Home Pharmacy practice The Value of Human Life — Waterbury Roundabout

The Value of Human Life — Waterbury Roundabout

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April 29, 2022 | By Rev. Matthew Rensch

Without value. Without meaning. Useless. These are some of the most scathing insults possible. Three weeks ago, an opinion piece raised this theme in my mind. The article explained proposed updates to Bill 39, the 2013 law regarding physician-assisted dying, also known as physician-assisted suicide. Updates (invoice S.74 signed into law last week by Governor Phil Scott) need not delay us here. My grave apprehensions and objections relate to the general approval of the practice.

Of course, I understand the call. I understand where legislators come from. Assisted suicide can prevent suffering. In the absence of coercion, he dictates the patient’s choice. The number of patients choosing suicide is rather small. Overall, he seems to put on a human and compassionate face. Nevertheless, my apprehensions persist. Do these benefits justify the practice? I am not convinced.

First, with modern palliative care, how much suffering is avoided? More importantly, we must ask ourselves if This way avoiding suffering is a good thing. Not all way to avoid suffering is good. (Use your imagination). Could this one be bad too?

Second, allowing the patient to choose does not guarantee good practice. Many adult children work hard to dissuade their elderly parents from harmful ideas. Some ideas are harmful. Is this one of them?

As for the numbers, it seems that the author herself has apprehensions. “Currently, a very small number of doctors in Vermont are assisting people through this process and only one pharmacy is involved. And as stated above, very few people have availed themselves of this process. My question is: So? If assisted suicide is a good thing, why are we so worried about the numbers? If it’s a release, why is its rarity such a relief? On the whole, the reasons in favor therefore do not seem convincing.

Besides these apprehensions, there is a more serious objection, which joins my introduction. A law on assisted suicide, whatever its composition, expresses the point of view: “We agree. At this point, your life is worth nothing. Or again: “Towards the end and in suffering, it is better to die. And that’s a nihilistic position: to argue that human life has no intrinsic value, but only has value because of what you can do, or what you can contribute, or of what you can appreciate, or… of anything except because of you. Your value, just like you, drops to zero.

A law authorizing suicide, allowing it, condoning it, ultimately denies the value of human life merely as human. You have to prove your worth.

Do you remember the horror we all felt a few years ago when young Michelle Carter encouraged her boyfriend, Conrad Roy III, to kill himself? How can we be horrified by what she did, if we’re okay with physician-assisted suicide? Who are we to insist that Conrad’s life had meaning and his death was a tragedy? Maybe some lives don’t make sense, and his was one of them. Once we admit that some human lives are useless, can you reasonably criticize someone’s suicidality?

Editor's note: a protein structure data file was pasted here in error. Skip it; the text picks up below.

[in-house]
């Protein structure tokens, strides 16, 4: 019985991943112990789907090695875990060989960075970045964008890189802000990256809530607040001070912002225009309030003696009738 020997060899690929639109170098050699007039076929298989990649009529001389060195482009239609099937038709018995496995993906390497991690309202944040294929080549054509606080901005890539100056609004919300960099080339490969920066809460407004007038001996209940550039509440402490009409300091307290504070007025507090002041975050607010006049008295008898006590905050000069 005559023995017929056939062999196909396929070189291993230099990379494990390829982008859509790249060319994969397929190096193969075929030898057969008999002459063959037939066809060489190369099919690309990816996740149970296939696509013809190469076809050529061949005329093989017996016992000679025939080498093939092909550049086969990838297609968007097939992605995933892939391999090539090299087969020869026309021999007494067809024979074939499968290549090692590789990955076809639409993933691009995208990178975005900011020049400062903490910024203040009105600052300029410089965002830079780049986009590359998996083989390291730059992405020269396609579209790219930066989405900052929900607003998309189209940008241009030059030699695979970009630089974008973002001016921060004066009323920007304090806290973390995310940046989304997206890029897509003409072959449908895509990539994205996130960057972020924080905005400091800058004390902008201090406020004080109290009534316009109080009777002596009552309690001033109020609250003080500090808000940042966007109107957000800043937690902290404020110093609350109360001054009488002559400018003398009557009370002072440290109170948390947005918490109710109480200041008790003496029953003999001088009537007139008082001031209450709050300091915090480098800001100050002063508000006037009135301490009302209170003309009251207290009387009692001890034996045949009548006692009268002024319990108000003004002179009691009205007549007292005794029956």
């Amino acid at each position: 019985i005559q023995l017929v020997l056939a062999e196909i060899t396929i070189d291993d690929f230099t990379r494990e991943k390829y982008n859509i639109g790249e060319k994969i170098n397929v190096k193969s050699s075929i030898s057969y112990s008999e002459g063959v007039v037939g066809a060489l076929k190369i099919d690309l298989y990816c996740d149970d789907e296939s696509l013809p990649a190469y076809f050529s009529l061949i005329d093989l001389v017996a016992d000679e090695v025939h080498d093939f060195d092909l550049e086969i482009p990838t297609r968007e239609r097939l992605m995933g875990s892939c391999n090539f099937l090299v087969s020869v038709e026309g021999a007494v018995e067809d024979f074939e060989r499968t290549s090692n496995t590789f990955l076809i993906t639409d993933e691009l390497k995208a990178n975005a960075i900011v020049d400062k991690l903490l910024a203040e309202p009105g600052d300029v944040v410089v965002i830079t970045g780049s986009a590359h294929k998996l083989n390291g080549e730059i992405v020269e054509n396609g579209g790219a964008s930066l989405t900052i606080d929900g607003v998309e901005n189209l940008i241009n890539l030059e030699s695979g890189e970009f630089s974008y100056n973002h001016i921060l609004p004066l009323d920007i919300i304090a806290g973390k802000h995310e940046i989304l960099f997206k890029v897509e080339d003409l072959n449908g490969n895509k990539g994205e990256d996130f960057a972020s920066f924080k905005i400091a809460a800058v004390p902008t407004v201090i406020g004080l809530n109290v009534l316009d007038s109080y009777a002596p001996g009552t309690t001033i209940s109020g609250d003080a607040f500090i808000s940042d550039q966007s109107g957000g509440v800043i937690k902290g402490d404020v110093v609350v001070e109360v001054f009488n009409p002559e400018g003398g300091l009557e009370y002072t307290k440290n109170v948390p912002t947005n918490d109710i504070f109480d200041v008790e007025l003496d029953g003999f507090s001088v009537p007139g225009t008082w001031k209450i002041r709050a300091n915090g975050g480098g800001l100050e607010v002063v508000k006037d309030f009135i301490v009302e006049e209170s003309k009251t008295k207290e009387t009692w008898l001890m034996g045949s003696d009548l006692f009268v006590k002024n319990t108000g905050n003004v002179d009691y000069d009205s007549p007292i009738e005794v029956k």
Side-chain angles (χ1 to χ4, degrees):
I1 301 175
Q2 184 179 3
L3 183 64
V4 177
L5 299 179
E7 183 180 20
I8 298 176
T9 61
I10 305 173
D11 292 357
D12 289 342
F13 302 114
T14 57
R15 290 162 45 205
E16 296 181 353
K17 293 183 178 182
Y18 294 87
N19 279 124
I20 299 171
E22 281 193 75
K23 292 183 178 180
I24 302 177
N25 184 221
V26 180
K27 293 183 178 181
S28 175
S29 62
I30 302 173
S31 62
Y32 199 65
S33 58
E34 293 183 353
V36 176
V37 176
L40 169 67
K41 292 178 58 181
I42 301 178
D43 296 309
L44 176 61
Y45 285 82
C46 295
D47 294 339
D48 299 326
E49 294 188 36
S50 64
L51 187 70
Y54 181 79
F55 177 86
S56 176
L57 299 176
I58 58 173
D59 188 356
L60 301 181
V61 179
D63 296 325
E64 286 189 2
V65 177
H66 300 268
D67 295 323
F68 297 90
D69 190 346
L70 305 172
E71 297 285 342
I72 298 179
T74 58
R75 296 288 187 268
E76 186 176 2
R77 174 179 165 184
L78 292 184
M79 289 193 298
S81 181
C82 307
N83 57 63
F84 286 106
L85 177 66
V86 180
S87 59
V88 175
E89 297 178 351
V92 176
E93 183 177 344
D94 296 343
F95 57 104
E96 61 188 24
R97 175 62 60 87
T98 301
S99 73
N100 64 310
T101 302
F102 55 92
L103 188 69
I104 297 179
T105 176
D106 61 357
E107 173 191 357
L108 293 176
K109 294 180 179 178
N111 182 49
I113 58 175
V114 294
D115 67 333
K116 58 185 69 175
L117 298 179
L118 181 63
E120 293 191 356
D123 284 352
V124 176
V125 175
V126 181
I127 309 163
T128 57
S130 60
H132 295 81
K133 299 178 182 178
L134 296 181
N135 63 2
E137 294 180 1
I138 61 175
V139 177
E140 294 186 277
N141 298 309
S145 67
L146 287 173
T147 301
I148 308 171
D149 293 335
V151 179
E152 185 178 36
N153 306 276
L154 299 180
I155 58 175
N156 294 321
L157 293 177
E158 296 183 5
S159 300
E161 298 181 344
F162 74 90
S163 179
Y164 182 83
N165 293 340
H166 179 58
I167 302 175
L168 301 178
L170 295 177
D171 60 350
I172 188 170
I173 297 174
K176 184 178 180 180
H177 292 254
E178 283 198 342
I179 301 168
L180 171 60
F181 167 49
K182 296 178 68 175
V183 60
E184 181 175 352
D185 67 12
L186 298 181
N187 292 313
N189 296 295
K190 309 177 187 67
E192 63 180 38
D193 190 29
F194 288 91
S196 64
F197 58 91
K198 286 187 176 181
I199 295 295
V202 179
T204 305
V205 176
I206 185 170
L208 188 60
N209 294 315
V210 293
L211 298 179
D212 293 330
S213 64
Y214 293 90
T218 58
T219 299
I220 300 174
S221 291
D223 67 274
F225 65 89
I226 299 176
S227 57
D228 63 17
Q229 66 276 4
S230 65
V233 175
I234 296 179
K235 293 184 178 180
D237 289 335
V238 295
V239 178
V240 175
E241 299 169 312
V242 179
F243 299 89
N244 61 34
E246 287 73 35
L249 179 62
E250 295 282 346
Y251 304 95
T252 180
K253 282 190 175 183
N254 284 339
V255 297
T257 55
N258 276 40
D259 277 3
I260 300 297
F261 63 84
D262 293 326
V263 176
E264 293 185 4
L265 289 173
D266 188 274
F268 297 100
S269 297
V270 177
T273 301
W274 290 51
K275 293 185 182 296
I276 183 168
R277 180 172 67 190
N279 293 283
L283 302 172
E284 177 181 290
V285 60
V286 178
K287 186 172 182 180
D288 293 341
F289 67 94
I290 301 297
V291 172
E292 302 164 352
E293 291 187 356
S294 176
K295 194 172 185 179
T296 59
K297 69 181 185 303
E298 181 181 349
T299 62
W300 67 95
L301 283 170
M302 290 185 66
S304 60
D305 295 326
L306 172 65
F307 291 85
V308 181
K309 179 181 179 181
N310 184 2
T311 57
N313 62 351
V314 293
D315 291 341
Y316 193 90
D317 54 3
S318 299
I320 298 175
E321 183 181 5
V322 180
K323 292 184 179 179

No. Either human life has intrinsic value or it does not. Assisted suicide denies its intrinsic value. It’s much healthier, humane, and compassionate to recognize the value of human life, period.

From a religious point of view

The comments above are made simply as a citizen. They do not appeal to any faith or religion. These are understandable concerns to any thinking person. There is no premise that an atheist could not understand. Let no one, then, raise the specter of religious imposition.

What follows here, however, is done as a Catholic priest: The Catholic Church, understanding the divine spark in every individual, insists on the value of all human life as such. It repudiates any unjust attack on human life, even self-inflicted. Human life, with its immortal soul, is a unique good. Attacking and killing him is wrong and leads to hell.

Moreover, we follow a Lord who has overcome suffering and death. He did not run or hide. He showed us that suffering is redemptive, that suffering patiently borne leads to resurrection. A Christian may shrink from pain, but he knows that it will not triumph. Pain cannot rob us of who we are, of our value, of our meaning. Christianity recognizes that humanity’s greatest heroes were men and women willing to suffer for what is true and just.

Let there be no doubt that this law not only strikes at the root of human dignity, but is also profoundly anti-Christian.